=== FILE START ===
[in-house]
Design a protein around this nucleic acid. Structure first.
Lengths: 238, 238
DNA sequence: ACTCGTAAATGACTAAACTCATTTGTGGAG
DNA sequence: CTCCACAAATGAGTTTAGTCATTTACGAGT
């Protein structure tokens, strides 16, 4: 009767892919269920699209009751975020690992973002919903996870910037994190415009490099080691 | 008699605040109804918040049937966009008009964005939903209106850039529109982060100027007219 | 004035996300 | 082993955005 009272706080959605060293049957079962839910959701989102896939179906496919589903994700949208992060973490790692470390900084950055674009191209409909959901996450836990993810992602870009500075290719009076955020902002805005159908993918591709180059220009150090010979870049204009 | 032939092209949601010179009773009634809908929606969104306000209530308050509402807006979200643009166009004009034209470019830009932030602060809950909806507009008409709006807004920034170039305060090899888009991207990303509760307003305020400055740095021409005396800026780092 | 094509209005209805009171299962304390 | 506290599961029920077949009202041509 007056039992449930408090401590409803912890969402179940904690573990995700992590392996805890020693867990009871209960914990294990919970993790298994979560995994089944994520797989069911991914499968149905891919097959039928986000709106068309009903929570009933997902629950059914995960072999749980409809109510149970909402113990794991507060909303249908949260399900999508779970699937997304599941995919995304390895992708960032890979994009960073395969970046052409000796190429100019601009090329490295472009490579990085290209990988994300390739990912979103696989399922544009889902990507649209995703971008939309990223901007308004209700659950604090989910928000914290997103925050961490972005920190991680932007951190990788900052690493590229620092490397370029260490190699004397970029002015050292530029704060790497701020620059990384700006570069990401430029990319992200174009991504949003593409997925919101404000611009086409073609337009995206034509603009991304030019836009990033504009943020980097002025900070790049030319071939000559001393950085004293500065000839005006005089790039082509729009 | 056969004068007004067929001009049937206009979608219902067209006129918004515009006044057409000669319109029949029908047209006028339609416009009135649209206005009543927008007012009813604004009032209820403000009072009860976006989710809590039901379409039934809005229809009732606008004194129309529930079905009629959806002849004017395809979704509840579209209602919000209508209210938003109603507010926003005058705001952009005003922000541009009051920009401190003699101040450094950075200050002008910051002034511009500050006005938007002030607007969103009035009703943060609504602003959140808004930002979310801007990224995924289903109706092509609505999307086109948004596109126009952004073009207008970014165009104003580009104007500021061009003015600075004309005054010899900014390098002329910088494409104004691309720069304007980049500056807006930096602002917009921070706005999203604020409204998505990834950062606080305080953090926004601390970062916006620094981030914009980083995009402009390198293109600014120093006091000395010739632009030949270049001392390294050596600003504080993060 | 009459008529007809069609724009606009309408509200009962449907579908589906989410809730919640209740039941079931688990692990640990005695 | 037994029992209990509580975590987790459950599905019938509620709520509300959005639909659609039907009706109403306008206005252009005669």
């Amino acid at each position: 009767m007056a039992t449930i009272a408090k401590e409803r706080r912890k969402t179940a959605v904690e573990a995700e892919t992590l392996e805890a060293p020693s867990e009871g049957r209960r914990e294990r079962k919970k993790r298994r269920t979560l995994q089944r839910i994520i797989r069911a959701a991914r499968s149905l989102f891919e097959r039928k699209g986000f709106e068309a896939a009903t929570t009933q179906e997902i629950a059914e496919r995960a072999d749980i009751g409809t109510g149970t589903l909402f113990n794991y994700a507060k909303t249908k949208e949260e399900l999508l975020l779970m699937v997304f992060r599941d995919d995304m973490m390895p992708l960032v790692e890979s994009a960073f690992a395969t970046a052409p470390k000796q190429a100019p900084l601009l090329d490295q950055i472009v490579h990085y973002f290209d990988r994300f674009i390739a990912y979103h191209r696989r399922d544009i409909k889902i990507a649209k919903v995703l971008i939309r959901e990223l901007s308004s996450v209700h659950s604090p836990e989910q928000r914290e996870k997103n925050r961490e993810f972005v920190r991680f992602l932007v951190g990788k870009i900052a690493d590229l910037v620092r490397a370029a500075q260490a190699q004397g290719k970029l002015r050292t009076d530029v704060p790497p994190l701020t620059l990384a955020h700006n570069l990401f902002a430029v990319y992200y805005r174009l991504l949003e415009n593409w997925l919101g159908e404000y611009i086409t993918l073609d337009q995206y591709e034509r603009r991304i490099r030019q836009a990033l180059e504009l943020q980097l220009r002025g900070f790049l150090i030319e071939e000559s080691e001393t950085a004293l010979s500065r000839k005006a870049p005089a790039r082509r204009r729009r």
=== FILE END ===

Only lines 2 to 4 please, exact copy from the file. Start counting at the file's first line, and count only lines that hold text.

Design a protein around this nucleic acid. Structure first.
Lengths: 238, 238
DNA sequence: ACTCGTAAATGACTAAACTCATTTGTGGAG